Jamie Grace and her sister were educated by their mother, Mona Harper, at a time when few African-American families homeschooled. Mrs. Harper taught them how to read using the Bible and encyclopedias as textbooks and gave them math lessons in grocery aisles. While encouraging them to explore new things and become lifelong learners, Mrs. Harper also wanted to tap into her daughters’ gifts. “We were always taught to write our own books or make up our own songs, there was always something creative to do around the house,” Jamie Grace told AJC.com. Both sisters were 16 years old when they graduated high school and began college. They credit homeschooling for the success they’ve experienced in academics and the arts.

Jamie Grace’s huge success has come in spite of being diagnosed with Tourette Syndrome (TS) at the age of 11. TS is a neurological disorder characterized by repetitive, involuntary movements and vocalizations called tics. “I learned early on that Tourette’s is not life-threatening, but it is life-altering,” she explains. “It took our lives for a spin.” She also has OCD and ADHD.

Jamie Grace was a young teen when she started imafighter.org to raise awareness and share support for teens with TS. “I was learning how to be confident in ‘being different,’ Jamie Grace says. “I wanted to encourage my peers and also meet kids and teens that I had something in common with.” At the same time, Jamie Grace began pursuing music, acting and speaking as a way of sharing her story and faith to encourage other kids who may also have struggles in life.

Jamie Grace plays the drums, guitar, piano, bass guitar, ukulele and banjo. In a somewhat unique style, she combines elements of hip hop, folk, and pop into one distinct sound. In 2010, when she was 19 years old, Jamie Grace was discovered via her YouTube channel by multiple GRAMMY® winner TobyMac and signed to his label Gotee Records. She began touring full time in January 2011 just as she wrapped up her junior year at Point University.

Jamie Grace released her debut album One Song at a Time in September 2011. Her song “Hold Me” landed her a nomination at the 2012 Grammys, and she won the 2012 Dove Award for New Artist of the Year, where she was the youngest nominee. “I’m still having a hard time processing the response to ‘Hold Me,’ the song I started in my dorm room,” says Jamie. The song actually first came to be as she was describing her “snuggie.” As she continued to describe her blanket and add words to the tune, she came to the realization that God’s love embraced her so much more than any physical commodity ever could.

In college, Jamie Grace studied child and youth development. After having been homeschooled all those years she said “I was not used to sitting in a lecture setting.” However, “I learned how to be quite independent in college,” she added. “You learn how to really get your stuff done.” On May 12, 2012, Jamie Grace graduated with a four-year Bachelor’s Degree in children’s ministry from Point University. Now she is a full time recording artist and actress who tours the country performing and speaking.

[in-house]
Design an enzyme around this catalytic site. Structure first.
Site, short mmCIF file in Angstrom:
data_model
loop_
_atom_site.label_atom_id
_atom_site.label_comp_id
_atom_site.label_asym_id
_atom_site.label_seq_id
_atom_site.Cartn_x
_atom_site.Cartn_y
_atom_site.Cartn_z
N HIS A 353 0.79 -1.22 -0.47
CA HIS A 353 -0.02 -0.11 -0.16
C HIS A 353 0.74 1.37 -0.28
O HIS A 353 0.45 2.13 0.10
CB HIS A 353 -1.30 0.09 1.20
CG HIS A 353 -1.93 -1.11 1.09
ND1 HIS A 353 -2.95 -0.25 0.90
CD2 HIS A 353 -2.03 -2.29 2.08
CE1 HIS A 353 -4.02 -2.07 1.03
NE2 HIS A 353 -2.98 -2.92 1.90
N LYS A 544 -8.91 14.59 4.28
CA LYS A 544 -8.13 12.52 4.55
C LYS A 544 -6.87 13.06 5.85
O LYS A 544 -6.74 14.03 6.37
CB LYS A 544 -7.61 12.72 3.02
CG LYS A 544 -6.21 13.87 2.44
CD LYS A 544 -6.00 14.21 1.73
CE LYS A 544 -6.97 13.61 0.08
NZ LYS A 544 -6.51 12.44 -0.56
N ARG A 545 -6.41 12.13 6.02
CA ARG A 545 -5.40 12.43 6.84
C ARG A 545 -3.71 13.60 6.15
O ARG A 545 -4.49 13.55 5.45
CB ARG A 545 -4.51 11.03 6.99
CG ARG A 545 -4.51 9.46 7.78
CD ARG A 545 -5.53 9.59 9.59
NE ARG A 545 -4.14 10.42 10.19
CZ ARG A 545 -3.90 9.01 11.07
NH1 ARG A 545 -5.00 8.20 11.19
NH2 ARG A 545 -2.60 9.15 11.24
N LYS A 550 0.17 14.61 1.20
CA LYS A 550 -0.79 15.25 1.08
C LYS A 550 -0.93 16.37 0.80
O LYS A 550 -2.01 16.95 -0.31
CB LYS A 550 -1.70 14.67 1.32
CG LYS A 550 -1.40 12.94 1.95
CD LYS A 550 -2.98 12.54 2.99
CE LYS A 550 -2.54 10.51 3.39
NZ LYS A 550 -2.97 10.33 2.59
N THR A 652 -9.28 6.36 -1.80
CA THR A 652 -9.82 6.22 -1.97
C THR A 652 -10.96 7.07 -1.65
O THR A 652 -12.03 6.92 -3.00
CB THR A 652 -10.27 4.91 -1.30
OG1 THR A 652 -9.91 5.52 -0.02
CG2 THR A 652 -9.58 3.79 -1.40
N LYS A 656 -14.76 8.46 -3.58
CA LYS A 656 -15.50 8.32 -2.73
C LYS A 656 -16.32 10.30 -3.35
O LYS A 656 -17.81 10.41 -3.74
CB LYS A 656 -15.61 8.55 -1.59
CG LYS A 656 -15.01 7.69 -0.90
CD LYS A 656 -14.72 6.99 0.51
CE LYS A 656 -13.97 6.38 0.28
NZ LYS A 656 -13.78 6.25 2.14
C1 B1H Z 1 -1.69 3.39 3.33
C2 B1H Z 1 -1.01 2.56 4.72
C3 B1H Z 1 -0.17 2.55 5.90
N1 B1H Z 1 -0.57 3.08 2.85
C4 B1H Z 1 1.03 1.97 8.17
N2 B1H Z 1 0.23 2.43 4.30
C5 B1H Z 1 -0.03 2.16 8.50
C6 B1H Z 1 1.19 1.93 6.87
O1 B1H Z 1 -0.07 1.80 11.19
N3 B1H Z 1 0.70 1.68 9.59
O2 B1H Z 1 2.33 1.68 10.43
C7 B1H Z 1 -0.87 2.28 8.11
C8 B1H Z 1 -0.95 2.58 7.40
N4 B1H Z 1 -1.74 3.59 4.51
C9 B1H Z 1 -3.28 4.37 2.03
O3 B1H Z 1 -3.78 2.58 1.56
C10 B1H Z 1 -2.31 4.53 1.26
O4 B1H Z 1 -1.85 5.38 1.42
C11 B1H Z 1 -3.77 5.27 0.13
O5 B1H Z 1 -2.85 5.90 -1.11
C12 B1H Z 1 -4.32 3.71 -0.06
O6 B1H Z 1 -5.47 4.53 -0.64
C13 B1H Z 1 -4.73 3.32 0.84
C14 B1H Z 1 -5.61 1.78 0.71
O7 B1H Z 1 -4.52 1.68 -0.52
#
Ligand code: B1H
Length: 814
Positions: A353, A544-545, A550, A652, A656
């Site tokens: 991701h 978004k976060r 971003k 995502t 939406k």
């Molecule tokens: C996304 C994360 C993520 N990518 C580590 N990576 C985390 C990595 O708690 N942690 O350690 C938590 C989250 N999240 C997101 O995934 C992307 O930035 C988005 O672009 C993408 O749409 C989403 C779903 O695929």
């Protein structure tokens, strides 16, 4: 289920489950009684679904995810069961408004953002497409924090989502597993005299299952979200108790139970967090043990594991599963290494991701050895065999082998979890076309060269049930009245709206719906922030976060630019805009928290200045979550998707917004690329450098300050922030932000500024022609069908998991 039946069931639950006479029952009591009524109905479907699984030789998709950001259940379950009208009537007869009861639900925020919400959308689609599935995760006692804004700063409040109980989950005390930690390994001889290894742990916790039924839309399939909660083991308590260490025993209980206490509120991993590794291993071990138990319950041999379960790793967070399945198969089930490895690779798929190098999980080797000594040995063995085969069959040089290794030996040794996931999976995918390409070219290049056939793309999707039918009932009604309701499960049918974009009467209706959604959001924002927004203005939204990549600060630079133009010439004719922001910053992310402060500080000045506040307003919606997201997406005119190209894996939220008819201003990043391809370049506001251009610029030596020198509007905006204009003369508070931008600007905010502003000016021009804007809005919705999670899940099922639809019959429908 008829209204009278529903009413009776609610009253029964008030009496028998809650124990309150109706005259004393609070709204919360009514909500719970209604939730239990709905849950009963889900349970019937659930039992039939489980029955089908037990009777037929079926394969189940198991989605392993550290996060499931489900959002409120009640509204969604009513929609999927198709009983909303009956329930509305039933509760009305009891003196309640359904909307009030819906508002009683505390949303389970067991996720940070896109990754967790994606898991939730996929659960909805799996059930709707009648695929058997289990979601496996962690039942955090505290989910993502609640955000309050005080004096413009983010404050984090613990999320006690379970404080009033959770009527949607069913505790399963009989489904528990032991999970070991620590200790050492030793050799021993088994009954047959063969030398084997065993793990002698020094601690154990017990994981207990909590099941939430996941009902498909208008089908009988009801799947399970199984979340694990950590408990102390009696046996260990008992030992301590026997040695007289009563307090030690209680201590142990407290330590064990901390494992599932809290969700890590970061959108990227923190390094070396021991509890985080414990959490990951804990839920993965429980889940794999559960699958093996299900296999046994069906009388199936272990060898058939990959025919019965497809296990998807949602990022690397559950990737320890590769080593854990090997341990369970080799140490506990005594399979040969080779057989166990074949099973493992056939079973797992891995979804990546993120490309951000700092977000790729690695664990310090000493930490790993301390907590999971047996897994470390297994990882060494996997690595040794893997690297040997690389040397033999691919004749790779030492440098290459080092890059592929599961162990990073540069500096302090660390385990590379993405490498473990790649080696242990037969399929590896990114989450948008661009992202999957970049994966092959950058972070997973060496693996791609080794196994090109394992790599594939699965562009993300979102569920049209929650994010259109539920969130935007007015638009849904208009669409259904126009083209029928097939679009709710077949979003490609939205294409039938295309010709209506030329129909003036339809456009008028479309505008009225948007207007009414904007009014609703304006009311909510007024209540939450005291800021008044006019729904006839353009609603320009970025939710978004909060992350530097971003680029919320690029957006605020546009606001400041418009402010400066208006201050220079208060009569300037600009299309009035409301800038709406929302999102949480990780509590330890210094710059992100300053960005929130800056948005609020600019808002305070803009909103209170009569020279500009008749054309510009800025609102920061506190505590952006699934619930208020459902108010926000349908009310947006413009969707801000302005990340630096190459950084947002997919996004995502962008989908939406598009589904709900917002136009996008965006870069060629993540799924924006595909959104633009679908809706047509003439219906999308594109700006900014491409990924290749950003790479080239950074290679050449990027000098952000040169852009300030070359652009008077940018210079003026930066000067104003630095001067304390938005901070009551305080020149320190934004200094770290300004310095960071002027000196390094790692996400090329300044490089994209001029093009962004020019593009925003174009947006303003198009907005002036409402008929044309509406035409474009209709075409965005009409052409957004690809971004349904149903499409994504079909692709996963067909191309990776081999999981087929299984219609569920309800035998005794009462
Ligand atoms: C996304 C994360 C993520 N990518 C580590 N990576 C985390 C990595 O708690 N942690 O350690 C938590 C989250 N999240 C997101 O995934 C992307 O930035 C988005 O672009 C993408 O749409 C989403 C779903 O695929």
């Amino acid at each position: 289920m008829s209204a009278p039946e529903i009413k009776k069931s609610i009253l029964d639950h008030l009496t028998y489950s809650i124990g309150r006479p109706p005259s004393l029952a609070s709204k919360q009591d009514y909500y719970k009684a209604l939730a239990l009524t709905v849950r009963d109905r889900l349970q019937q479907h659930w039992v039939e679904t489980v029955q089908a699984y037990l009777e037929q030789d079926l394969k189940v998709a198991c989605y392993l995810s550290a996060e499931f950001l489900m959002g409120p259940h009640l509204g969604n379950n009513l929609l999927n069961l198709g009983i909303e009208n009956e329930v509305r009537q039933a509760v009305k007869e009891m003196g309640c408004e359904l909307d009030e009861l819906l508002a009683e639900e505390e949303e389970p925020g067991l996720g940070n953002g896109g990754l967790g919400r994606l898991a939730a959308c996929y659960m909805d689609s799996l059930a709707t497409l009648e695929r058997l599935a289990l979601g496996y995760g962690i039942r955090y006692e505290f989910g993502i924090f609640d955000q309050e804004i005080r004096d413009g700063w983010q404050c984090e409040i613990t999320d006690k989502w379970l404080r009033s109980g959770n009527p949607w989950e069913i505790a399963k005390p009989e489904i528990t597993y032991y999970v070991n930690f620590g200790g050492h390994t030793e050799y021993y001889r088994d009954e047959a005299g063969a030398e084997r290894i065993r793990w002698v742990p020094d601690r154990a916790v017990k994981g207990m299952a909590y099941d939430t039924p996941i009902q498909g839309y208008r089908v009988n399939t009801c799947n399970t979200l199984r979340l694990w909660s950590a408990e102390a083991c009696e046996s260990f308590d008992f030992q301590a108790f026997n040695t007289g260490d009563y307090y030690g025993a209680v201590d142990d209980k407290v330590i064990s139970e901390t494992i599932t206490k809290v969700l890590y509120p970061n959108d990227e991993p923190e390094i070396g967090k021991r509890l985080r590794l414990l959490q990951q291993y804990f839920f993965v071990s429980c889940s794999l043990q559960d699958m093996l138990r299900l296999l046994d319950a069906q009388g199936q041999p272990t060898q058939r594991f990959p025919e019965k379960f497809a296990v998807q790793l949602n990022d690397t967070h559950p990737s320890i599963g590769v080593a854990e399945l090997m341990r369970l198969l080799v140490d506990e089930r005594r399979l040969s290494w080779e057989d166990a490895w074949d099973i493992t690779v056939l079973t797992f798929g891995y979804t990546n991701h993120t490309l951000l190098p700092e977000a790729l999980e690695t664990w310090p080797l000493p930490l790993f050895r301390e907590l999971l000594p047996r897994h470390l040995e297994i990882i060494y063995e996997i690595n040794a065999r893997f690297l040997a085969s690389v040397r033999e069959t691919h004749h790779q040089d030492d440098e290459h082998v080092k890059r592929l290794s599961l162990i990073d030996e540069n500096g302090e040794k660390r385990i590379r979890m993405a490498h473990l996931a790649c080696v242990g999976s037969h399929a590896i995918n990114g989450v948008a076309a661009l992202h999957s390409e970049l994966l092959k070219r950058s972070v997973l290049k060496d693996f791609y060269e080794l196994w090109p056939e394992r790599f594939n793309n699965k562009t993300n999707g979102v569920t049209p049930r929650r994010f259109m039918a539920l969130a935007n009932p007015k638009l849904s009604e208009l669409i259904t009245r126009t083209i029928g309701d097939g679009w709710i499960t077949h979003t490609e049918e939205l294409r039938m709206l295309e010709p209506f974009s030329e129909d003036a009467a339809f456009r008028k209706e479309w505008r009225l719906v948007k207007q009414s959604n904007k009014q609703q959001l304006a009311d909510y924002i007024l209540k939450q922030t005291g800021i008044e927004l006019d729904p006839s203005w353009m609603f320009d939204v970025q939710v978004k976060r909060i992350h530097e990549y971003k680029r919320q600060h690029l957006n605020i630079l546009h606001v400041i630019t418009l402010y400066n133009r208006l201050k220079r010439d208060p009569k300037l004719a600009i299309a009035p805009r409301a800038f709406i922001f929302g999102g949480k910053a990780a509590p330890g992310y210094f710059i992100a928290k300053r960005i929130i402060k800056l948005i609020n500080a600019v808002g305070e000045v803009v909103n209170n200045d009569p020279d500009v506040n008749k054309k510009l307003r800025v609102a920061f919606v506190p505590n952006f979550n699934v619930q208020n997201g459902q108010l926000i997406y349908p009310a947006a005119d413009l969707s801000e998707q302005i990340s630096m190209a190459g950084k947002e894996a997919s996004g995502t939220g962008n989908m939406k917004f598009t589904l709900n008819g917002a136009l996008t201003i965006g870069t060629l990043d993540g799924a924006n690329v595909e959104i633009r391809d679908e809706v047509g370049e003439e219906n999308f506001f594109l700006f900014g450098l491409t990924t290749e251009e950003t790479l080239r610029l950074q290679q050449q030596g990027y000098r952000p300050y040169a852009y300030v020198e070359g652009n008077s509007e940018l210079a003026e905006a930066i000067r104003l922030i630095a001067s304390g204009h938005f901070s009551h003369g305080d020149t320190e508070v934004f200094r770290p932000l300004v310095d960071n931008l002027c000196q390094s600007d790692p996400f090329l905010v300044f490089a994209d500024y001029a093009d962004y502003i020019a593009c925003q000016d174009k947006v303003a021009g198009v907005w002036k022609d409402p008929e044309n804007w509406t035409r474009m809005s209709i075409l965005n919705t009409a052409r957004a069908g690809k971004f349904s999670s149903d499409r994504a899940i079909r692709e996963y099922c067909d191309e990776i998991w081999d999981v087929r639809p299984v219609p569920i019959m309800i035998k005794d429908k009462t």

Jamie Grace’s second album, Ready To Fly, was released in January 2014. “The entire concept of Ready To Fly is being ready even when you don’t know what the Lord has planned for your future,” explains Jamie. “I realized I don’t have to have my whole life figured out to start my journey. This record is about being in the waiting with God, yet while you’re waiting being ready to move – ready to fly – when the timing is right.”

Jamie Grace says her hit tune “Beautiful Day” from that album is more than just a fun, catchy tune. “It has a message saying that in spite of what we’re going through, every day is a good and an incredible gift because God made it,” she says. “In my young life I learned that every day can begin worshiping my creator.”

In addition to her music, Jamie Grace is known for her role on TBN’s “IShine KNECT.” She can also be seen in the 2013 film Grace Unplugged. Actress AJ Michalka – who plays the lead role in the movie – sang Jamie’s praises after spending time with the singer on set. “She is amazing. I absolutely adore her. She is so talented, she had never acted before and she did so well,” said AJ. “She was really, really comfortable and we actually became close friends. It was very easy to work with her and it just felt natural.”

Jamie Grace has come a long way since being “discovered” by TobyMac – something she is still trying to wrap her head around. “The past few years have been absolutely incredible and I feel so blessed to have the privilege of sharing even more music,” she says. Jamie Grace wants to continue to encourage other people by being involved in projects that have a great message whether it’s music, movies, or anything else.

Lately she and her sister have teamed up as a duo called “Harper Still,” splitting their time between their individual careers (Morgan is into all sorts of creative media), and singing country-influenced pop music together. They have also been developing a series of workshops and other events for people interested in the music industry. On April 8, Jamie Grace and Morgan will teach a Singer and Songwriter Mini Camp at Renaissance Church in Las Vegas.

Earlier this year, Jamie Grace started working on another studio album. “On this new CD, I’m definitely going to pull from my roots a little more. I love Christian hip hop, I love gospel music and I also love Southern gospel music. I’m really excited to bring something from all of those.” The new project will likely include a song or two with her older sister, Morgan. “We’re definitely each other’s biggest fan.”